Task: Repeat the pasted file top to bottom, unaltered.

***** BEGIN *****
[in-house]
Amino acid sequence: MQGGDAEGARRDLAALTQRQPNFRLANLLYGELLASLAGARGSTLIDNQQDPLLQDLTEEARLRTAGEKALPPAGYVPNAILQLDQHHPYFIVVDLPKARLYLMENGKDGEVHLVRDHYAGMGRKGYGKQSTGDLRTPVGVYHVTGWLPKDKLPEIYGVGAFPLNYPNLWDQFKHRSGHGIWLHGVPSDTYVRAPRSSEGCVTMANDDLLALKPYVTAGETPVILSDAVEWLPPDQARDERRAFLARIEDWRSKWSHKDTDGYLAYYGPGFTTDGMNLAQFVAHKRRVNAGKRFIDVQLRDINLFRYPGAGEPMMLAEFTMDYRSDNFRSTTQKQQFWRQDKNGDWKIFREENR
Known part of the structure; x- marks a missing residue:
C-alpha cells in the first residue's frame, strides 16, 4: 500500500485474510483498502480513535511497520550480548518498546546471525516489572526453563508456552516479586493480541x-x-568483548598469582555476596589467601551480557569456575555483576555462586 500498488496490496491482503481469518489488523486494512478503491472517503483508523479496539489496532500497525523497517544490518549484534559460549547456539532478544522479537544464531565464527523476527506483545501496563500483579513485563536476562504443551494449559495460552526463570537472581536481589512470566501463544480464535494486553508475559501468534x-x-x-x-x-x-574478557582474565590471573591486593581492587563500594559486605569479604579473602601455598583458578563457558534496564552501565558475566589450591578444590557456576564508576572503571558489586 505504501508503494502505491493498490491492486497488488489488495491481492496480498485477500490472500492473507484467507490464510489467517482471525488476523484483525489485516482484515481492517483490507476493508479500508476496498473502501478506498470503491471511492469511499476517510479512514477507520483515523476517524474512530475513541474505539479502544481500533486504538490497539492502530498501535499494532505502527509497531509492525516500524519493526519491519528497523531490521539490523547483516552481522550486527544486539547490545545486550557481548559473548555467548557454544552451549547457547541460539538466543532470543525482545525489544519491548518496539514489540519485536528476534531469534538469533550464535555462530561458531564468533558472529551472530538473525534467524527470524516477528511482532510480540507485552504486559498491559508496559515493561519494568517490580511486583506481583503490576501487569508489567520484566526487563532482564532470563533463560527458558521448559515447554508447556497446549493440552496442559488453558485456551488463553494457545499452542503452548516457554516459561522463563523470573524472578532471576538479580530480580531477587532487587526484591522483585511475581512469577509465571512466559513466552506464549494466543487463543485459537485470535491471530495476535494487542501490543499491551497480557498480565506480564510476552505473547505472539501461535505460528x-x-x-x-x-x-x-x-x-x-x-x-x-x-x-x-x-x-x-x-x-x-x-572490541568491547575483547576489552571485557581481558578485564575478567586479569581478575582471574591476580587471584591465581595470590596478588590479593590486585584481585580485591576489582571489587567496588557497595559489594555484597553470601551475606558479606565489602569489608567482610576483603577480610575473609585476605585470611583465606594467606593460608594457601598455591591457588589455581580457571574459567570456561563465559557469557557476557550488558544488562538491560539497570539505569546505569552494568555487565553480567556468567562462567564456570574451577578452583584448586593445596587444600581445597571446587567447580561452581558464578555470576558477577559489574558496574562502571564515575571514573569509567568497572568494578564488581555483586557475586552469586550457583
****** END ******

[in-house]
Amino acid sequence: MQGGDAEGARRDLAALTQRQPNFRLANLLYGELLASLAGARGSTLIDNQQDPLLQDLTEEARLRTAGEKALPPAGYVPNAILQLDQHHPYFIVVDLPKARLYLMENGKDGEVHLVRDHYAGMGRKGYGKQSTGDLRTPVGVYHVTGWLPKDKLPEIYGVGAFPLNYPNLWDQFKHRSGHGIWLHGVPSDTYVRAPRSSEGCVTMANDDLLALKPYVTAGETPVILSDAVEWLPPDQARDERRAFLARIEDWRSKWSHKDTDGYLAYYGPGFTTDGMNLAQFVAHKRRVNAGKRFIDVQLRDINLFRYPGAGEPMMLAEFTMDYRSDNFRSTTQKQQFWRQDKNGDWKIFREENR
Known part of the structure; x- marks a missing residue:
C-alpha cells in the first residue's frame, strides 16, 4: 500500500485474510483498502480513535511497520550480548518498546546471525516489572526453563508456552516479586493480541x-x-568483548598469582555476596589467601551480557569456575555483576555462586 500498488496490496491482503481469518489488523486494512478503491472517503483508523479496539489496532500497525523497517544490518549484534559460549547456539532478544522479537544464531565464527523476527506483545501496563500483579513485563536476562504443551494449559495460552526463570537472581536481589512470566501463544480464535494486553508475559501468534x-x-x-x-x-x-574478557582474565590471573591486593581492587563500594559486605569479604579473602601455598583458578563457558534496564552501565558475566589450591578444590557456576564508576572503571558489586 505504501508503494502505491493498490491492486497488488489488495491481492496480498485477500490472500492473507484467507490464510489467517482471525488476523484483525489485516482484515481492517483490507476493508479500508476496498473502501478506498470503491471511492469511499476517510479512514477507520483515523476517524474512530475513541474505539479502544481500533486504538490497539492502530498501535499494532505502527509497531509492525516500524519493526519491519528497523531490521539490523547483516552481522550486527544486539547490545545486550557481548559473548555467548557454544552451549547457547541460539538466543532470543525482545525489544519491548518496539514489540519485536528476534531469534538469533550464535555462530561458531564468533558472529551472530538473525534467524527470524516477528511482532510480540507485552504486559498491559508496559515493561519494568517490580511486583506481583503490576501487569508489567520484566526487563532482564532470563533463560527458558521448559515447554508447556497446549493440552496442559488453558485456551488463553494457545499452542503452548516457554516459561522463563523470573524472578532471576538479580530480580531477587532487587526484591522483585511475581512469577509465571512466559513466552506464549494466543487463543485459537485470535491471530495476535494487542501490543499491551497480557498480565506480564510476552505473547505472539501461535505460528x-x-x-x-x-x-x-x-x-x-x-x-x-x-x-x-x-x-x-x-x-x-x-572490541568491547575483547576489552571485557581481558578485564575478567586479569581478575582471574591476580587471584591465581595470590596478588590479593590486585584481585580485591576489582571489587567496588557497595559489594555484597553470601551475606558479606565489602569489608567482610576483603577480610575473609585476605585470611583465606594467606593460608594457601598455591591457588589455581580457571574459567570456561563465559557469557557476557550488558544488562538491560539497570539505569546505569552494568555487565553480567556468567562462567564456570574451577578452583584448586593445596587444600581445597571446587567447580561452581558464578555470576558477577559489574558496574562502571564515575571514573569509567568497572568494578564488581555483586557475586552469586550457583